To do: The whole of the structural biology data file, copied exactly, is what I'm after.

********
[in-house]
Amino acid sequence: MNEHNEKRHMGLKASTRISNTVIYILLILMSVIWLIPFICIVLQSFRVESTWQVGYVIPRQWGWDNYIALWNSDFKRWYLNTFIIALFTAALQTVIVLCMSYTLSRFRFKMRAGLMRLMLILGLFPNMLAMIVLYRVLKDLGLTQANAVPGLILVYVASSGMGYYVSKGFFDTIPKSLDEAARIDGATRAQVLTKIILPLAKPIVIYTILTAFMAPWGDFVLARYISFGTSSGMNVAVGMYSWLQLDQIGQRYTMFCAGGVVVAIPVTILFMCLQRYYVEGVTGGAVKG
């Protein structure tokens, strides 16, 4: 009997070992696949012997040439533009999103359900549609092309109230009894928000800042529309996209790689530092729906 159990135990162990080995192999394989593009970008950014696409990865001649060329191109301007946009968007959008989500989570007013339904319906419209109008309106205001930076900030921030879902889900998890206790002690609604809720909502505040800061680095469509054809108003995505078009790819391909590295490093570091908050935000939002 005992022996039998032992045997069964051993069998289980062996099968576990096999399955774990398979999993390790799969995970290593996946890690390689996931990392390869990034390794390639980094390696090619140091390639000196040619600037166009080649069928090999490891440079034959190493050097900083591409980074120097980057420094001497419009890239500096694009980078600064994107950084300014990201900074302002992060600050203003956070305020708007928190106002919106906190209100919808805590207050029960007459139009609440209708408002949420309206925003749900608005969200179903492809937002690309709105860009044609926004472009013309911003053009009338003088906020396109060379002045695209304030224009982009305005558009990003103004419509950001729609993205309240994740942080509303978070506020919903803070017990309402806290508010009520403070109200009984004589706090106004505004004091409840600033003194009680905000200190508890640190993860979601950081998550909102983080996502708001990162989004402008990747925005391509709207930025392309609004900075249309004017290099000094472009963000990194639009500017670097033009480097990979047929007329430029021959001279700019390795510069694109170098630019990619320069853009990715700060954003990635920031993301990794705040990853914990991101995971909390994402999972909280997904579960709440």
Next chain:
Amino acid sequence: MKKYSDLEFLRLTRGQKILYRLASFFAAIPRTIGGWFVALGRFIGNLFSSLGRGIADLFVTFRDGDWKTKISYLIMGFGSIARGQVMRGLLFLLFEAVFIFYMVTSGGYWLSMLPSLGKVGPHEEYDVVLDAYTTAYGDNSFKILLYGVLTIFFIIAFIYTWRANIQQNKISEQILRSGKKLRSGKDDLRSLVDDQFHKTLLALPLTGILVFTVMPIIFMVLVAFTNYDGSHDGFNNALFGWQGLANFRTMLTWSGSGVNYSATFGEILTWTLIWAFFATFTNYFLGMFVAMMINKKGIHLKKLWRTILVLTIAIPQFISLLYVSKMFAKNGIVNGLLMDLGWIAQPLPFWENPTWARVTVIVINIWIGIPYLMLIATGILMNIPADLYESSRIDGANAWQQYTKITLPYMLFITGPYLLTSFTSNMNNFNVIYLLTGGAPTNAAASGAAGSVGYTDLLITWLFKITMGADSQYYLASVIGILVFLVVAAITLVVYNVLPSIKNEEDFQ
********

[in-house]
Amino acid sequence: MNEHNEKRHMGLKASTRISNTVIYILLILMSVIWLIPFICIVLQSFRVESTWQVGYVIPRQWGWDNYIALWNSDFKRWYLNTFIIALFTAALQTVIVLCMSYTLSRFRFKMRAGLMRLMLILGLFPNMLAMIVLYRVLKDLGLTQANAVPGLILVYVASSGMGYYVSKGFFDTIPKSLDEAARIDGATRAQVLTKIILPLAKPIVIYTILTAFMAPWGDFVLARYISFGTSSGMNVAVGMYSWLQLDQIGQRYTMFCAGGVVVAIPVTILFMCLQRYYVEGVTGGAVKG
């Protein structure tokens, strides 16, 4: 009997070992696949012997040439533009999103359900549609092309109230009894928000800042529309996209790689530092729906 159990135990162990080995192999394989593009970008950014696409990865001649060329191109301007946009968007959008989500989570007013339904319906419209109008309106205001930076900030921030879902889900998890206790002690609604809720909502505040800061680095469509054809108003995505078009790819391909590295490093570091908050935000939002 005992022996039998032992045997069964051993069998289980062996099968576990096999399955774990398979999993390790799969995970290593996946890690390689996931990392390869990034390794390639980094390696090619140091390639000196040619600037166009080649069928090999490891440079034959190493050097900083591409980074120097980057420094001497419009890239500096694009980078600064994107950084300014990201900074302002992060600050203003956070305020708007928190106002919106906190209100919808805590207050029960007459139009609440209708408002949420309206925003749900608005969200179903492809937002690309709105860009044609926004472009013309911003053009009338003088906020396109060379002045695209304030224009982009305005558009990003103004419509950001729609993205309240994740942080509303978070506020919903803070017990309402806290508010009520403070109200009984004589706090106004505004004091409840600033003194009680905000200190508890640190993860979601950081998550909102983080996502708001990162989004402008990747925005391509709207930025392309609004900075249309004017290099000094472009963000990194639009500017670097033009480097990979047929007329430029021959001279700019390795510069694109170098630019990619320069853009990715700060954003990635920031993301990794705040990853914990991101995971909390994402999972909280997904579960709440």
Next chain:
Amino acid sequence: MKKYSDLEFLRLTRGQKILYRLASFFAAIPRTIGGWFVALGRFIGNLFSSLGRGIADLFVTFRDGDWKTKISYLIMGFGSIARGQVMRGLLFLLFEAVFIFYMVTSGGYWLSMLPSLGKVGPHEEYDVVLDAYTTAYGDNSFKILLYGVLTIFFIIAFIYTWRANIQQNKISEQILRSGKKLRSGKDDLRSLVDDQFHKTLLALPLTGILVFTVMPIIFMVLVAFTNYDGSHDGFNNALFGWQGLANFRTMLTWSGSGVNYSATFGEILTWTLIWAFFATFTNYFLGMFVAMMINKKGIHLKKLWRTILVLTIAIPQFISLLYVSKMFAKNGIVNGLLMDLGWIAQPLPFWENPTWARVTVIVINIWIGIPYLMLIATGILMNIPADLYESSRIDGANAWQQYTKITLPYMLFITGPYLLTSFTSNMNNFNVIYLLTGGAPTNAAASGAAGSVGYTDLLITWLFKITMGADSQYYLASVIGILVFLVVAAITLVVYNVLPSIKNEEDFQ